Monday, May 06, 2013

Mass-surveillance in the USA

Back in the Cold War, East Germany's Stasi were notorious for their mass-surveillance. In addition to their vast network of informants - about 2% of the entire population was ratting on the rest - they also read everyone's mail, and tapped tens of thousands of phone calls simultaneously. This was generally agreed by the West to be a Bad Thing, a hallmark of a totalitarian society.

Thirty years on, and the US has admitted it is using exactly that sort of mass-surveillance. In interviews after the Boston bombings, a former FBI counterterrorism agent admitted that all US phone-calls are recorded for future surveillance use:

On Wednesday night, Burnett interviewed Tim Clemente, a former FBI counterterrorism agent, about whether the FBI would be able to discover the contents of past telephone conversations between the two. He quite clearly insisted that they could:

"BURNETT: Tim, is there any way, obviously, there is a voice mail they can try to get the phone companies to give that up at this point. It's not a voice mail. It's just a conversation. There's no way they actually can find out what happened, right, unless she tells them?

CLEMENTE: "No, there is a way. We certainly have ways in national security investigations to find out exactly what was said in that conversation. It's not necessarily something that the FBI is going to want to present in court, but it may help lead the investigation and/or lead to questioning of her. We certainly can find that out.

BURNETT: "So they can actually get that? People are saying, look, that is incredible.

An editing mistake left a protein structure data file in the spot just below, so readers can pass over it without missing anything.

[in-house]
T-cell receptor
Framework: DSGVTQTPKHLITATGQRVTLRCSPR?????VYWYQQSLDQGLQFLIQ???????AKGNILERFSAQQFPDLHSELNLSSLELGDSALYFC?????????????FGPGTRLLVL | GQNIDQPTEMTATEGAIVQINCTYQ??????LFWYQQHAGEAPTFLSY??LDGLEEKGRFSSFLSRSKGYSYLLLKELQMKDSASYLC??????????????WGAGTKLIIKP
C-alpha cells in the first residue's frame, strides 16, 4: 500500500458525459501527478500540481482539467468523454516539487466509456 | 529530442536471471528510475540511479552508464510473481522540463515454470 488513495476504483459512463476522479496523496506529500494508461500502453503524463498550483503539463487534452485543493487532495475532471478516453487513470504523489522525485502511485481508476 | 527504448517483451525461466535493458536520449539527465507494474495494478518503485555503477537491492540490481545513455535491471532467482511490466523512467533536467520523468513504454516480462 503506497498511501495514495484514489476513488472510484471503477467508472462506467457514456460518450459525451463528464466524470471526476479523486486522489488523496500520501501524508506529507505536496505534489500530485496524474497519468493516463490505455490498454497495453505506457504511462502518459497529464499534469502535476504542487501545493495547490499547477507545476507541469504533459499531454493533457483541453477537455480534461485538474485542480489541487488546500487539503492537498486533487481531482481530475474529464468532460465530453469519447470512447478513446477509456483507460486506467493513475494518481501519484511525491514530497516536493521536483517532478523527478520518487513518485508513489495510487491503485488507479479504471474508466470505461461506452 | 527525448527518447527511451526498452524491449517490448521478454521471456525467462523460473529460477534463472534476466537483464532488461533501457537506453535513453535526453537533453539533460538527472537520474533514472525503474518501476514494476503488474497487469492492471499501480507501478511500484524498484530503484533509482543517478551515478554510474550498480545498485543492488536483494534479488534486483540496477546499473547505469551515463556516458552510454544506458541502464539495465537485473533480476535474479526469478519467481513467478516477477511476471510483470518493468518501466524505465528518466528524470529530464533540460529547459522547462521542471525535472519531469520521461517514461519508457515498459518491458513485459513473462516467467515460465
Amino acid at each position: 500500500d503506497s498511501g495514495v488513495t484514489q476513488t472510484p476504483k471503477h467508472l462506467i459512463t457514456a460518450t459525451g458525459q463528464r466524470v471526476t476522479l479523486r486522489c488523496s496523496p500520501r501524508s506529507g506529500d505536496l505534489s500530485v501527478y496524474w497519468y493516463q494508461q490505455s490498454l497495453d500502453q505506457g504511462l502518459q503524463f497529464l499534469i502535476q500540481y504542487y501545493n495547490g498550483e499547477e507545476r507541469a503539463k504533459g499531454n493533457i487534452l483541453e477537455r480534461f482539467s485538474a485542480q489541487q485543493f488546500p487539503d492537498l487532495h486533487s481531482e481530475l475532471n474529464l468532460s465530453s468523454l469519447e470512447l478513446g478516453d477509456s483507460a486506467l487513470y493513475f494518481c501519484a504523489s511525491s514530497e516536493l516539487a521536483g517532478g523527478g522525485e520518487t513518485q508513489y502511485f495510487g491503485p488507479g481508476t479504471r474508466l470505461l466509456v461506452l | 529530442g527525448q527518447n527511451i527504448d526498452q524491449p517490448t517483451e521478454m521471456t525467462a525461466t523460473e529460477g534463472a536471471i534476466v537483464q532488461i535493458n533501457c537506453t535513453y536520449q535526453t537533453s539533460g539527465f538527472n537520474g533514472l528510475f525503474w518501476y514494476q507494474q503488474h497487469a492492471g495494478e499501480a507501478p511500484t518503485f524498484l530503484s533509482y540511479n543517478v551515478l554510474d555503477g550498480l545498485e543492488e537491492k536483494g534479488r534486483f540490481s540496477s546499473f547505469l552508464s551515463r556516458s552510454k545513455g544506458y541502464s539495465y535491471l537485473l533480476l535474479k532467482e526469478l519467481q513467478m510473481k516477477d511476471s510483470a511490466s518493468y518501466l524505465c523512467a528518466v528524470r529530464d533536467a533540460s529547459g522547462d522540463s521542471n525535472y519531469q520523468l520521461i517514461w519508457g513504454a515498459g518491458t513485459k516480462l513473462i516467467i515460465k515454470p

CLEMENTE: "No, welcome to America. All of that stuff is being captured as we speak whether we know it or like it or not."

"All of that stuff" - meaning every telephone conversation Americans have with one another on US soil, with or without a search warrant - "is being captured as we speak".

On Thursday night, Clemente again appeared on CNN, this time with host Carol Costello, and she asked him about those remarks. He reiterated what he said the night before but added expressly that "all digital communications in the past" are recorded and stored

[Emphasis added]

So much for the "land of the free".

In East Germany, mass surveillance had a corrosive effect on society. People guarded their conversations, and watched what they said even with close friends, because you never knew who was an informer. That effect is already visible among the US's Muslim community, who have been targeted for intensive surveillance since the war on terror began. And as the US steps up domestic spying, that corrosion is likely to spread. The Stasi recognised that you cannot have a free society when people are afraid to talk to one another. The US needs to recognise it too, and shut down the NSA.